The Pentagon will remain dependent on Russian rocket engines to launch military satellites into space through at least the mid-2020s, despite the U.S. government allocating billions of dollars to defense contractors to produce an American-made replacement.

The projection adds several years to initial targets laid out in 2014 by lawmakers and senior Air Force officials, who ordered the United States begin phasing out Russia’s RD-180 engines amid national security concerns spurred by the Kremlin’s annexation of Crimea.

Senior Air Force and Pentagon officials initially predicted the United States would switch to all-domestic rocket engines as early as 2020, but industry officials now say the military won’t move fully to American-built engines until at least 2024, with some estimating reliance on Russian-made parts through 2028, the Wall Street Journal reported.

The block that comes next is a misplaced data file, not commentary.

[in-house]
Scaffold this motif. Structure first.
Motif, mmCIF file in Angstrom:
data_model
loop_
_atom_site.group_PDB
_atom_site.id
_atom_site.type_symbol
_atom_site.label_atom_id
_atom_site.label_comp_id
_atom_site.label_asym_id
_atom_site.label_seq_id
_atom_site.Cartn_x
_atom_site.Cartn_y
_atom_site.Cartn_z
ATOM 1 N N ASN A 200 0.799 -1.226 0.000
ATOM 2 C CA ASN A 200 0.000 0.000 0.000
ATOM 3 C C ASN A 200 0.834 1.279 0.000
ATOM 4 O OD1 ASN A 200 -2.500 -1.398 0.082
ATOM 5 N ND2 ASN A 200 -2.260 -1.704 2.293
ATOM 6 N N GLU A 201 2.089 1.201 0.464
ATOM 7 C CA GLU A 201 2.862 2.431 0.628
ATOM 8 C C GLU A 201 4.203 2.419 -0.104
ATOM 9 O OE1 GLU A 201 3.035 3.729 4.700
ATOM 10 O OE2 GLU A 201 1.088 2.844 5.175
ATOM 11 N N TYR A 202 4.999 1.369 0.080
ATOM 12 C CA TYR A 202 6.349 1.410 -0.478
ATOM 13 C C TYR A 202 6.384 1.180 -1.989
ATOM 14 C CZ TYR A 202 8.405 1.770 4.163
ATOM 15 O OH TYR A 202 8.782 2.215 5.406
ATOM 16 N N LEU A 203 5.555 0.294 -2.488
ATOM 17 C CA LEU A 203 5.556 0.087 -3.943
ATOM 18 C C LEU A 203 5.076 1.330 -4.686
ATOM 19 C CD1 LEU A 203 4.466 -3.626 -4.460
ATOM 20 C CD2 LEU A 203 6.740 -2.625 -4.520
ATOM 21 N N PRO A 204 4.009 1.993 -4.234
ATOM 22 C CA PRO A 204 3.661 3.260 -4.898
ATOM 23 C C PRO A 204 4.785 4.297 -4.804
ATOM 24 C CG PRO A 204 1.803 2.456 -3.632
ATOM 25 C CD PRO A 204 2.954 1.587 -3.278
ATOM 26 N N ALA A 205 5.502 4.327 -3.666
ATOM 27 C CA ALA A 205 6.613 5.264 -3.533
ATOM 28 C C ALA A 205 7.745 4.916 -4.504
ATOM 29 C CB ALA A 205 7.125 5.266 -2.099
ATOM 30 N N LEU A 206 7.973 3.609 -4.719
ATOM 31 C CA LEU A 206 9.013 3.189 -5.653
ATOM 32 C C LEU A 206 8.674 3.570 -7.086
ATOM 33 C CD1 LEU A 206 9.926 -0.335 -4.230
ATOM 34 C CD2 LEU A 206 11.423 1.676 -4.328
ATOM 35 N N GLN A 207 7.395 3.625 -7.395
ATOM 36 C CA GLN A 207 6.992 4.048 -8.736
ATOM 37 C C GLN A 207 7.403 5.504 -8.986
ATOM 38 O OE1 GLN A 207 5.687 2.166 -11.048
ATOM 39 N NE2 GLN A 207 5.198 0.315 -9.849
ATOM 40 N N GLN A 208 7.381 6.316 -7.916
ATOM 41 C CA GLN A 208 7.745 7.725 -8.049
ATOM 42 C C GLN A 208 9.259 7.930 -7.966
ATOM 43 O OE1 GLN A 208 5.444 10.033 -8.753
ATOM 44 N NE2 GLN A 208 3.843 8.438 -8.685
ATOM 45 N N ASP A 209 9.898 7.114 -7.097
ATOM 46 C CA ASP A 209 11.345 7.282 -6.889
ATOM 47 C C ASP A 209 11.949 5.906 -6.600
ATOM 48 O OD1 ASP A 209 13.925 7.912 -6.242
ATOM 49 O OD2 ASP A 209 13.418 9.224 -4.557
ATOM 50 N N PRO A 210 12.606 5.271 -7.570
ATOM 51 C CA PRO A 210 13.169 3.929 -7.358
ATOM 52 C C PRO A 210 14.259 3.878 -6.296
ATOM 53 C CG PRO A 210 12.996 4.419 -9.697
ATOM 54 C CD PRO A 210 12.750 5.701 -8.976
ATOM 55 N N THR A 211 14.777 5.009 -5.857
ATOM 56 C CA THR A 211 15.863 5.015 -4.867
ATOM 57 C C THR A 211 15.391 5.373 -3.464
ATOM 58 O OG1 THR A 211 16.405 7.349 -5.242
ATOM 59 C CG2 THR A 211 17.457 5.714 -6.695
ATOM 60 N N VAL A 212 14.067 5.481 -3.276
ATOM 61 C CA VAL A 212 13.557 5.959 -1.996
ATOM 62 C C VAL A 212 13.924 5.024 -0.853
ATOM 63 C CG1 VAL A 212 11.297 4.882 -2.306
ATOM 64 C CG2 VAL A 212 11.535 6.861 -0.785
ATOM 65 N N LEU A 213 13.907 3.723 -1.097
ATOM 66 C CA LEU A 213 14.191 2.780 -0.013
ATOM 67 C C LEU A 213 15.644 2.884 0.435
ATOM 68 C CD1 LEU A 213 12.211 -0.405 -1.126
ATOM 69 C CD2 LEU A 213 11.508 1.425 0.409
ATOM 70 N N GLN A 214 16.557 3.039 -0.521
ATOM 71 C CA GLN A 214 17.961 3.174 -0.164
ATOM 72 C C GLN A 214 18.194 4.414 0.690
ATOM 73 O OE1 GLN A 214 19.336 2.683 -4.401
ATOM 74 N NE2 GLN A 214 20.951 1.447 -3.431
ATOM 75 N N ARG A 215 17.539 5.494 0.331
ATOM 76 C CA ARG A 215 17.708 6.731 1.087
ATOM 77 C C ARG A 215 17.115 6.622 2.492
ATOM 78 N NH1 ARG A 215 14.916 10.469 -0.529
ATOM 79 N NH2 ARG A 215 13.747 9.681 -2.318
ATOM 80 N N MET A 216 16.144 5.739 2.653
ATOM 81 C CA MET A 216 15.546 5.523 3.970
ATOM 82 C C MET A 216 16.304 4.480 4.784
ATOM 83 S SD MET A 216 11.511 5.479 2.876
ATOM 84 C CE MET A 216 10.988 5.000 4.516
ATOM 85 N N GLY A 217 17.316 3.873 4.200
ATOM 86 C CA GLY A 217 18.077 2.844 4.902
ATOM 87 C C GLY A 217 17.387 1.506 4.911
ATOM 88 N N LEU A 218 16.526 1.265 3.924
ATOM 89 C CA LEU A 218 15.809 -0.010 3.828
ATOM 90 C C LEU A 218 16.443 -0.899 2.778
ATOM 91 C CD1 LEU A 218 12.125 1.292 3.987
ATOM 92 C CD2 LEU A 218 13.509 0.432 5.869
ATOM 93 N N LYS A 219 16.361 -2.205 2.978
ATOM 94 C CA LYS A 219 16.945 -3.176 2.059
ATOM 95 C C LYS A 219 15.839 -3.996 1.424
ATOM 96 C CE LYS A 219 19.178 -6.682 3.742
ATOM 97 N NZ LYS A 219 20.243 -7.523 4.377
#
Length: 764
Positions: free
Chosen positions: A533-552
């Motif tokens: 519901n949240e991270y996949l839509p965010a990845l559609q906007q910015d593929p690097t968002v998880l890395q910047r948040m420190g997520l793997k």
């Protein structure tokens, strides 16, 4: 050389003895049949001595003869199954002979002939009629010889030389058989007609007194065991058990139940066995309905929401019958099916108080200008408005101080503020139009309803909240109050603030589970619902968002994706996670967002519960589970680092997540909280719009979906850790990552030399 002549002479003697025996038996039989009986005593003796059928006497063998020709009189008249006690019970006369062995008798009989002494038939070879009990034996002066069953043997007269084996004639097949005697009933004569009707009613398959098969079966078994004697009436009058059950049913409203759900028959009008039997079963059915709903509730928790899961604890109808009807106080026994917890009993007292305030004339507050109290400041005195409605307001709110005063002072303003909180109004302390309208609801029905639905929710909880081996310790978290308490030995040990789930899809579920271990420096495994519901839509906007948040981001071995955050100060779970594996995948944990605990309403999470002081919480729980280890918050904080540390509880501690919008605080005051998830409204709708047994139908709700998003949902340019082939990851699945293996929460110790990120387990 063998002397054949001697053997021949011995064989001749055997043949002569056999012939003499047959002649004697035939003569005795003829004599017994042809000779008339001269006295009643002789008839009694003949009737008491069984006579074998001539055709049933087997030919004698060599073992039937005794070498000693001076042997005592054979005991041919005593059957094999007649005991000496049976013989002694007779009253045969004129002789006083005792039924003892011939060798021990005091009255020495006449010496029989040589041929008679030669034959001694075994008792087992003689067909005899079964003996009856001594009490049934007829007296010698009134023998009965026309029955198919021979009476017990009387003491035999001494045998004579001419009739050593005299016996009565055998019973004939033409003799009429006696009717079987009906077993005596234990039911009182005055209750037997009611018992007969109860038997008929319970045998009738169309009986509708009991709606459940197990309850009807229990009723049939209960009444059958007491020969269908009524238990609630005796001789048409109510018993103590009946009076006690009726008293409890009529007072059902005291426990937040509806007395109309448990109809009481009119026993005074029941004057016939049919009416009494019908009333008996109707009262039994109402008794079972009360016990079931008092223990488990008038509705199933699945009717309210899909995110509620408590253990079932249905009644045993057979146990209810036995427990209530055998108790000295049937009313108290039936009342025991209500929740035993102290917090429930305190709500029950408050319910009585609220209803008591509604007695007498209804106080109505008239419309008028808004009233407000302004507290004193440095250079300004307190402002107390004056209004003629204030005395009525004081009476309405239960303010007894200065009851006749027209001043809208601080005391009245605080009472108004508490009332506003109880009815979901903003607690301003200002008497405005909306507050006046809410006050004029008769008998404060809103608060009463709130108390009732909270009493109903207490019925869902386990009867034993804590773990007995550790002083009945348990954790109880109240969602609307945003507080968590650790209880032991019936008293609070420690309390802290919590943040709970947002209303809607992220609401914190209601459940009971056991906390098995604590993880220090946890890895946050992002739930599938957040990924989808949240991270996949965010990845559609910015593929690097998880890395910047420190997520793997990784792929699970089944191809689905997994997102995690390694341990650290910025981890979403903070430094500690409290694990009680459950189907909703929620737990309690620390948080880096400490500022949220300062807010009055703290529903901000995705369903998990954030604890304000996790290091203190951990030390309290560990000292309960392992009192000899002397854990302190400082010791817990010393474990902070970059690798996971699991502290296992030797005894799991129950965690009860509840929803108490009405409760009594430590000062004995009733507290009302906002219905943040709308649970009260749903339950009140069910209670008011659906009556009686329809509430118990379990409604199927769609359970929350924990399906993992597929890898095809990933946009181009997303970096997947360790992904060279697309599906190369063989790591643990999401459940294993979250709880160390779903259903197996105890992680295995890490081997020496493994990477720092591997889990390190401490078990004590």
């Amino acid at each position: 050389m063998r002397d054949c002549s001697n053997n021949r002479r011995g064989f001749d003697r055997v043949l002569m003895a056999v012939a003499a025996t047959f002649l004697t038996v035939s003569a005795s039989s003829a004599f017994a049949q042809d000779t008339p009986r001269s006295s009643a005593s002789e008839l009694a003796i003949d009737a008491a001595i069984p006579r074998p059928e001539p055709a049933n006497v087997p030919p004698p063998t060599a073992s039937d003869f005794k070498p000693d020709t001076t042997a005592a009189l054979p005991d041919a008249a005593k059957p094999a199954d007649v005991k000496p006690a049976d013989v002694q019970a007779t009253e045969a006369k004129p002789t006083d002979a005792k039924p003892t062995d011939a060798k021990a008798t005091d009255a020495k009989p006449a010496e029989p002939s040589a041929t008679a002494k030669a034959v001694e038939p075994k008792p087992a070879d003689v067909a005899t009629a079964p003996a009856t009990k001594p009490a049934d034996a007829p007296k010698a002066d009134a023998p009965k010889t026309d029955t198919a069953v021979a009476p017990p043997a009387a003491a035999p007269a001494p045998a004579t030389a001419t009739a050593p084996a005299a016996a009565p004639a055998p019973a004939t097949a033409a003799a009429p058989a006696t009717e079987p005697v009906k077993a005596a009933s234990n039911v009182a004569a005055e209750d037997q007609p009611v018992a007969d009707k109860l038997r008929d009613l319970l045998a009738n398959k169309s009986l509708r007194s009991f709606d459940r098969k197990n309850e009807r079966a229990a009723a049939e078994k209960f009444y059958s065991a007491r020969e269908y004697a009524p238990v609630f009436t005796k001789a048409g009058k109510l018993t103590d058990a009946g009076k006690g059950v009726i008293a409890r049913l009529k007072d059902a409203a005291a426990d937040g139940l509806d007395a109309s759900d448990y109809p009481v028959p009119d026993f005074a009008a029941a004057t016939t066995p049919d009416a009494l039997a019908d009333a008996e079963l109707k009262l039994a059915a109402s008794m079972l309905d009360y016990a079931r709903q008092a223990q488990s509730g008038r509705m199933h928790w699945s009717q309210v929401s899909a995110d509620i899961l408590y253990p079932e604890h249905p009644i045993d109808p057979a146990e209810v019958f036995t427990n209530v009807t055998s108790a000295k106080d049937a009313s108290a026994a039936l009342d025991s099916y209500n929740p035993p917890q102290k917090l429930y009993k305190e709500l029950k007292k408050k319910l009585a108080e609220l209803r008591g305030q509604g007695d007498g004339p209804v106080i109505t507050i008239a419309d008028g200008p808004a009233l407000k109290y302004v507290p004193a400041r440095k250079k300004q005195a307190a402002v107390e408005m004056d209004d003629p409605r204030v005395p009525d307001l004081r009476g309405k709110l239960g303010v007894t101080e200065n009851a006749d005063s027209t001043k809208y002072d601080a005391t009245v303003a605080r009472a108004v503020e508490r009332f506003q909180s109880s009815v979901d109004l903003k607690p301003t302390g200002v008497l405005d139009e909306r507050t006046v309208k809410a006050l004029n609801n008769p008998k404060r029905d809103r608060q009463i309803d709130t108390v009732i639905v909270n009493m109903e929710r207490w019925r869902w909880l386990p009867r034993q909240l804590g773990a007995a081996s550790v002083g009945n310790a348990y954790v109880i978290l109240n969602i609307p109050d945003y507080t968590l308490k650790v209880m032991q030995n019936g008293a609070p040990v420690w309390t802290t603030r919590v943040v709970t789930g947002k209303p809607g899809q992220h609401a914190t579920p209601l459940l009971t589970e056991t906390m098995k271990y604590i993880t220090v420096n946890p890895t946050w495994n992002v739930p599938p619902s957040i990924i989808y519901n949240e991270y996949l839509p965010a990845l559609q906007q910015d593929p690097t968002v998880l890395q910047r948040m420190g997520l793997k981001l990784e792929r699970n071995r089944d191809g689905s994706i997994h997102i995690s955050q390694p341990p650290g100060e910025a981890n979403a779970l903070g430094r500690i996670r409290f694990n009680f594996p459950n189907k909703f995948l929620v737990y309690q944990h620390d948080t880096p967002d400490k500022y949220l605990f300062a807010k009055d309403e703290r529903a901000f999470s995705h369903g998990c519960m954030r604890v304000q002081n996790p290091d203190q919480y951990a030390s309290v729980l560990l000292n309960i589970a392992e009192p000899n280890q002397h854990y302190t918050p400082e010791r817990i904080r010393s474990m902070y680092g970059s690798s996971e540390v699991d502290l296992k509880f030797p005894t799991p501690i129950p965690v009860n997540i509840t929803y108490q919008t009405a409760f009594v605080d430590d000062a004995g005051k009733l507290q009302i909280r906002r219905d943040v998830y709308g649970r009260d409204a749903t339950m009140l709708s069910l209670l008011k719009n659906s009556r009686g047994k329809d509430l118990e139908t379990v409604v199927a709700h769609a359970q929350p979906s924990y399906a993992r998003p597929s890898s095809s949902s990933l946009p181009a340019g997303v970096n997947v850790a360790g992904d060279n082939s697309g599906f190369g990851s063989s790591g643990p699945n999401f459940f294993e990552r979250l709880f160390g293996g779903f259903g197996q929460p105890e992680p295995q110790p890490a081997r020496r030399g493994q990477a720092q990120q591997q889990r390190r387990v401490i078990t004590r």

At issue is United Launch Alliance (ULA), a joint venture between Boeing and Lockheed Martin that is contracted by the military to launch top-secret satellites into orbit. Though ULA is in the process of developing a new engine that uses only American parts, it still relies entirely on Russian RD-180 engines to launch its Atlas V rocket.

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